The Democratization of Knowledge / Wikipedia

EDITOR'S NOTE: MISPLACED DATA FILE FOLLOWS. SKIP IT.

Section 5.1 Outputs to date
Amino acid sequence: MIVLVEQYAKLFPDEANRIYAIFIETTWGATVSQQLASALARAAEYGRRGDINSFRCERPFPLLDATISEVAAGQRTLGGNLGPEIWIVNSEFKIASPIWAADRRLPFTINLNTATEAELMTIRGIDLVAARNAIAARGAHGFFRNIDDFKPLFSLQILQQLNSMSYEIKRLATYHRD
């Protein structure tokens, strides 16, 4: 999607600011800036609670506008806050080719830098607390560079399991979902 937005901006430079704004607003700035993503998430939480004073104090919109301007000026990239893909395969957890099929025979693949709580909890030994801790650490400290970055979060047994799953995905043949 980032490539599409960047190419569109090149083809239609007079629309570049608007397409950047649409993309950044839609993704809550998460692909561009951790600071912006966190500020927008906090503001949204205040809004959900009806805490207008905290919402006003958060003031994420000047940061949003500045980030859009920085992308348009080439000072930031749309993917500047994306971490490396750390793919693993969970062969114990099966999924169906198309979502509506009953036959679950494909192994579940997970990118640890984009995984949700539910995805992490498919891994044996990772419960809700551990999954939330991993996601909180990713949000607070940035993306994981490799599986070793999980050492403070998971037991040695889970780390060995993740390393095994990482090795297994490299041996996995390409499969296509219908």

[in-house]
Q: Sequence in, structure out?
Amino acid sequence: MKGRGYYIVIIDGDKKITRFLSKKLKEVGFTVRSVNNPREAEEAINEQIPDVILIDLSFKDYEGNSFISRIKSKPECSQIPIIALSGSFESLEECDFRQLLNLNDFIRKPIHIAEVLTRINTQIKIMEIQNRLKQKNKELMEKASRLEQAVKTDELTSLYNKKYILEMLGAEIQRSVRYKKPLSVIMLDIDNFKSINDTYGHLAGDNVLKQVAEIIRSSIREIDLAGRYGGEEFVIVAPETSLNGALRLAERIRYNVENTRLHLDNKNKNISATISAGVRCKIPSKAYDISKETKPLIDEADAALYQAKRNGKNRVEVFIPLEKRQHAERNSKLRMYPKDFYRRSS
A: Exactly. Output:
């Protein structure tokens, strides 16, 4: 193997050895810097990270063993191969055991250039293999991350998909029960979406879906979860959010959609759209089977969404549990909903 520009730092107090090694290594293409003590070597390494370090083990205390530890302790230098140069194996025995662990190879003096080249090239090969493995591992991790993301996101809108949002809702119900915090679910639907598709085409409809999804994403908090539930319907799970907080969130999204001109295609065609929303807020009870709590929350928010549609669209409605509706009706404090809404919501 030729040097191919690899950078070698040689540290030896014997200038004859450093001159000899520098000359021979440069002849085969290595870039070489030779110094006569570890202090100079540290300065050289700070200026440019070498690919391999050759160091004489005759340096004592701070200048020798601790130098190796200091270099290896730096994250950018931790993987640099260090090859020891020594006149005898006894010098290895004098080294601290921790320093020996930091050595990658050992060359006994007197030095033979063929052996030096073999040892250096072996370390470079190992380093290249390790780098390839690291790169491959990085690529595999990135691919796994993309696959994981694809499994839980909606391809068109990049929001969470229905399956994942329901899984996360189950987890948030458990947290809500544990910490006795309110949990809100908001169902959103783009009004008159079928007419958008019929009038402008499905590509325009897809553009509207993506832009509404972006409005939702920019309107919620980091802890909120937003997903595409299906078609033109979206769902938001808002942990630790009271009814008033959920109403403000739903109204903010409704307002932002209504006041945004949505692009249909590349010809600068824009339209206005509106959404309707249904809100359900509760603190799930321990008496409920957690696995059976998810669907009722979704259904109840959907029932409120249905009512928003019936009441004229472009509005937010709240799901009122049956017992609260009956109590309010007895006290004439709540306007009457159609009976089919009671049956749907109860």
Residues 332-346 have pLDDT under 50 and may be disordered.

In class on Monday we discussed how the top review on something is always a negative one. The more I think about it, it makes so much sense. When we are looking for a review on a hotel room or a restaurant, we want to see what the bad reviews are before we look at the good ones. We want to make sure these places a e gold customer service, or that they aren’t infested with bugs. On the other hand, it is important to keep in mind that not everything we read on the internet is true.  Take Wikipedia for example, anyone and everyone can enter information on a topic. I know personally I have gotten into some issues in high school whenever I used Wikipedia as a source and it as something completely wrong. It can go both ways, either someone messed up their facts or some goof twelve year old kid decided to mess with the article. People have become so dependent on finding information on the internet that they believe anything. People even lie about themselves on dating sites. We live in a time where we can get as much information we want at the tip of our fingers. In class we got into the debate over if the internet has made our generation lazy, and for the most part I want to agree. My dad was always saying how when he looks something up, he remembers it better when he had to look for it in a book as opposed to typing it into Google. Having the freedom to access information, even when most of us have smartphones, has changed the way people learn things completely. We may be learning new things, but at the same time, are we also losing the old ones? People can’t sit in a room and talk to each other anymore. Their faces are constantly buried in their phones.

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